IUDs provide effective birth control. Some evidence suggests they may increase your risk of depression, but others do not support the claims. Here’s what you need to know.
Intrauterine devices (IUDs) come as two main types in the United States: copper-containing IUDs and levonorgestrel-containing IUDs.
LNG-IUDs are a type of hormonal IUD that releases levonorgestrel, a female hormone, which may be linked to depression.
Several different brands offer LNG-IUDs, such as Kyleena, Skyla, and Mirena. No matter which brand your doctor recommends, it contains the same hormone. But, the levels of hormones may differ.
Some evidence suggests that the hormone may increase the risk of depression and other mental health disorders. But, other evidence suggests no association.
A 2023 study examined 7 years of data and over 700 thousand people in Sweden. The researchers suggest that LNG-IUD use was associated with a 57% increased risk of depression.
They also noted that people at most risk included those who started during adolescence and those who never used a hormonal form of birth control before.
They found that about 2.2% of people who started hormonal birth control started using antidepressants within 1 year compared to 1.7% who did not start hormonal birth control.
They also suggest that depressive symptoms or mood changes may be an adverse drug reaction associated with LNG-IUD. They suggest doctors provide written information about a person’s risk of depression or mood changes associated with LNG-IUD use.
Evidence potentially against increased risks
A 2022 study found less convincing evidence supporting LNG-IUD risk. In their systematic review, the researchers included 22 studies. They found the following:
- 10 studies showed an increased risk of depression
- 1 reported increased anxiety
- 1 reported increased risk of suicide
- 4 reported no association with depression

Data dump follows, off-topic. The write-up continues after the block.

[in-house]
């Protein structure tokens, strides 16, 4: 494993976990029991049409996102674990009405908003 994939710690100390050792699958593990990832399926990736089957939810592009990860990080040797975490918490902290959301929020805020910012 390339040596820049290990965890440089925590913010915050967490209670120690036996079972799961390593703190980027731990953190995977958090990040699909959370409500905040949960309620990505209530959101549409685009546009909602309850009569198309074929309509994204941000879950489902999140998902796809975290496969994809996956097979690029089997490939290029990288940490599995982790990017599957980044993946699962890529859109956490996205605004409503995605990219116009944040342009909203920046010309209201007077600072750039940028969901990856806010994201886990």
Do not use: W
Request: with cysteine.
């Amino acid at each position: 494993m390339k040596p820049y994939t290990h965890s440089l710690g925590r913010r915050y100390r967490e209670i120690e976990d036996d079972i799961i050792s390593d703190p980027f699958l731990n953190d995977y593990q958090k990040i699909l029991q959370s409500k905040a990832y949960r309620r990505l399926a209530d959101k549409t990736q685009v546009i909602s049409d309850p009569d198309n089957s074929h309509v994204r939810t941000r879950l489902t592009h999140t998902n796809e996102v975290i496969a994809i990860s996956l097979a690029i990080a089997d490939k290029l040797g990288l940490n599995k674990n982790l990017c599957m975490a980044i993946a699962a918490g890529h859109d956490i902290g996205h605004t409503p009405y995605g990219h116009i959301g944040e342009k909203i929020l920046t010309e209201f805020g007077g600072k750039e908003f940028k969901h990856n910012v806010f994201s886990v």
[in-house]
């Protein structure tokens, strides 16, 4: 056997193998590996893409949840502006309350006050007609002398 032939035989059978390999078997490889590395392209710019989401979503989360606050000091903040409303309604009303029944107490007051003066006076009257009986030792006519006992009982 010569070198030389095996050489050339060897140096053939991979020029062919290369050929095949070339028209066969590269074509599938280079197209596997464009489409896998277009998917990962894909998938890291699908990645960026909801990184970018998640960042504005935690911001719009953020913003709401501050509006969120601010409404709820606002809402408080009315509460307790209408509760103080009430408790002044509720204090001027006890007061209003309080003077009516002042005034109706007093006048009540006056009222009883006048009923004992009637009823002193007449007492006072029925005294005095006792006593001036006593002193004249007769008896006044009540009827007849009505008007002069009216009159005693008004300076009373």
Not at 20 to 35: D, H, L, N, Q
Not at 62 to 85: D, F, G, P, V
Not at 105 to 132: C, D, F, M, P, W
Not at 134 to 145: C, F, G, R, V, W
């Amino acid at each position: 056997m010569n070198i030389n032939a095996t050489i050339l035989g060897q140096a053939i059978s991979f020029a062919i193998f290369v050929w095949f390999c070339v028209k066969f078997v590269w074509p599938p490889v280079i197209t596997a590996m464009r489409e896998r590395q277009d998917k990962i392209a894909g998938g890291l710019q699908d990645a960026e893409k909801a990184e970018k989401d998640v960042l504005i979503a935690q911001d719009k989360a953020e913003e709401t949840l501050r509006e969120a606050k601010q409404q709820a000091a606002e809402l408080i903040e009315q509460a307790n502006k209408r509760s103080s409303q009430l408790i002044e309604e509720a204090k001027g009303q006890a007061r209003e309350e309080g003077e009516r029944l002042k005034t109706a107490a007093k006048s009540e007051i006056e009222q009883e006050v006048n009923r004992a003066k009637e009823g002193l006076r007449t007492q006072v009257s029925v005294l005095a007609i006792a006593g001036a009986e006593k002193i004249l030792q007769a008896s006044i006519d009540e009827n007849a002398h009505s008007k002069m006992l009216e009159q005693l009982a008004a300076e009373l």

- 2 showed a decreased risk
- 4 reported uncertain results related to other mental health conditions
In their conclusion, they suggest that general practitioners, gynecologists, and psychiatrists should all be aware of the potential association between using LNG-IUDs and depression or other mental health conditions.
They also suggest future studies continue to examine how LNG-IUDs may affect depression risk.
Another systematic review from 2018 examined 26 studies. They found insufficient evidence to suggest that hormonal birth control increases the risk of depression.
IUDs are generally safe and effective forms of birth control. Both copper-containing IUDs and LNG-IUDs provide more than
They cannot protect against sexually transmitted infections (STIs).
A common potential risk includes either accidental removal or displacement of the IUD. This often occurs within the first
There’s a small risk of uterine puncture or damage. Potential risks of unintended pregnancy following insertion of the IUD may also be present.
If you develop depression or other mental health concerns, consider discussing your options with a gynecologist or other healthcare professional.
A gynecologist or other healthcare professional may recommend the removal of the hormonal IUD if they suspect that it leads to depression in a person. They may also recommend the use of a different form of birth control.
Additionally, they may suggest treatments based on symptoms. For depression, common treatments include:
- Psychotherapy: Also known as talk therapy, psychotherapy can help a person work through their emotions and thoughts.
- Medication: Several antidepressants may help with depression symptoms. Which medications a healthcare professional prescribes will vary based on a person’s response to treatment, other medications, and personal preferences for medication.
- Lifestyle changes: Some people may find that making changes to their lifestyle can impact their mood. Modifications that can impact mental health include getting more sleep at night, exercising, eating a healthful diet, and taking steps to reduce stress, such as meditation or yoga.
Other therapies, such as light therapy and the use of herbal supplements, are available.
Hormone-containing IUDs may increase your risk of developing depression. But, not all scientific evidence supports the claim.
If you’re concerned about how an IUD may affect your mental health, you may want to consider talking with a gynecologist about your concerns before having the device implanted.
They may recommend alternative forms of birth control or help monitor your mental health if you decide to get the device implanted.
If you develop depression following the insertion of an IUD — or at any time — treatment options are available that may help. Talk therapy, medications, and lifestyle changes can often make a difference and improve symptoms.